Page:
• Doug Lesmardes ranked OSU 18th on his ballot. They ended up around 13th. But the argument could be legitimately made that they could be left off the ballot. Ohio State would have had a tough time making the BCS championship game, even if they were undefeated or had one loss to USC. But now--even if they run the table and every other team loses 3 games, I guarantee they won't be there.
  • Now on to the Browns. Al Michaels must have a contractual stipulation that he isn't allowed to directly criticize coaches, but he came damn close Sunday night. Obviously Romeo is out of his league. A field goal, down by 7, with 3 minutes to go, on 4th and 7 or whatever? How exactly does that help you? No clock management at all? I'm sure Romeo must be able to do something well, you don't coach for 20-something years if you can't. But I'm not sure being a head coach is one of them.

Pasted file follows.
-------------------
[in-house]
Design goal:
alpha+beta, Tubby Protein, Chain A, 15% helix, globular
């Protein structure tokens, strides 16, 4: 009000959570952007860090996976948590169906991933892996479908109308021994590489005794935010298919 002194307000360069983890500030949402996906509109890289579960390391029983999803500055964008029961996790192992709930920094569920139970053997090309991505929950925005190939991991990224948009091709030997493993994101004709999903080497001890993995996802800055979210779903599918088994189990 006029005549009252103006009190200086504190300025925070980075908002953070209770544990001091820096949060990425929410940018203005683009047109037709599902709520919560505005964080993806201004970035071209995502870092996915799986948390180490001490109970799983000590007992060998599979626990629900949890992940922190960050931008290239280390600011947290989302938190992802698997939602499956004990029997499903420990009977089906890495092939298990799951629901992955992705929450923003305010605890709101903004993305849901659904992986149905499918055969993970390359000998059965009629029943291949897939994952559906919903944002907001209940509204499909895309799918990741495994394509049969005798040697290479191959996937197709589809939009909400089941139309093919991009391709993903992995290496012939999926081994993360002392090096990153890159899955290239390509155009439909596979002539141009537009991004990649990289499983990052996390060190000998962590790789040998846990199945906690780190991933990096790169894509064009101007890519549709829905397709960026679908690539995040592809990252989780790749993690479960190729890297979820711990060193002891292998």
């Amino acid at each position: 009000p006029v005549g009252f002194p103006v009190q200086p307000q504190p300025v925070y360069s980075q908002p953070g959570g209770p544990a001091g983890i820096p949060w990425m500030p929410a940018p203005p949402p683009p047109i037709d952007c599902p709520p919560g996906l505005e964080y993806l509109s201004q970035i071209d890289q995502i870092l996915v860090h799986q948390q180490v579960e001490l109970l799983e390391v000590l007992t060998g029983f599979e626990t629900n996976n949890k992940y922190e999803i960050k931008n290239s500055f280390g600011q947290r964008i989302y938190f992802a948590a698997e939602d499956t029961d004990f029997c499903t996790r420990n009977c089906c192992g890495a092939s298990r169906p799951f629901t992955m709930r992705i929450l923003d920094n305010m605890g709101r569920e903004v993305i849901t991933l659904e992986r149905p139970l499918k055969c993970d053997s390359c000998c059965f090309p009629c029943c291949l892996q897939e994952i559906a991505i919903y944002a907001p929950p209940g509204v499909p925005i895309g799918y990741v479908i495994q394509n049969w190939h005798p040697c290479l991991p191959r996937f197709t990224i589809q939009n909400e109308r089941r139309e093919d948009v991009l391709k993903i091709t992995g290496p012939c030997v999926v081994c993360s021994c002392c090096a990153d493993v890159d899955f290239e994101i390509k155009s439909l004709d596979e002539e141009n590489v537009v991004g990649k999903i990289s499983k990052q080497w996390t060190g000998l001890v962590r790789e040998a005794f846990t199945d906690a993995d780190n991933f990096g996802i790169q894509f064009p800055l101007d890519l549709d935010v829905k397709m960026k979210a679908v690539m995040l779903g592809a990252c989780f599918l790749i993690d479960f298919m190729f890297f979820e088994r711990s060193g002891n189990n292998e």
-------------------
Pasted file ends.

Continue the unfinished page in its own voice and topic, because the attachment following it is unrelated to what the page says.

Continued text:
• That being said, the Cowboys and Steelers games were ones that everybody knew would be a tall order for the Brownies. But one touchdown in two home games? From the "Prime Time" offense that the Browns have? Terrible, and this doesn't look good all of a sudden.
  • How utterly embarassing, this "rivalry" with Pittsburgh. Ten in a row? Something like 23 of 25?
  • I wish I had a stat on "wasted" timeouts early in halves. The Browns need to be leading that category, right?
  • By the way, you can vote on Romeo (every week) here.
Thirty Five to Three.
That Penn State game is starting
to make me nervous.

Romeo Crennell.
You may see an obese coach.
I see Butch Davis.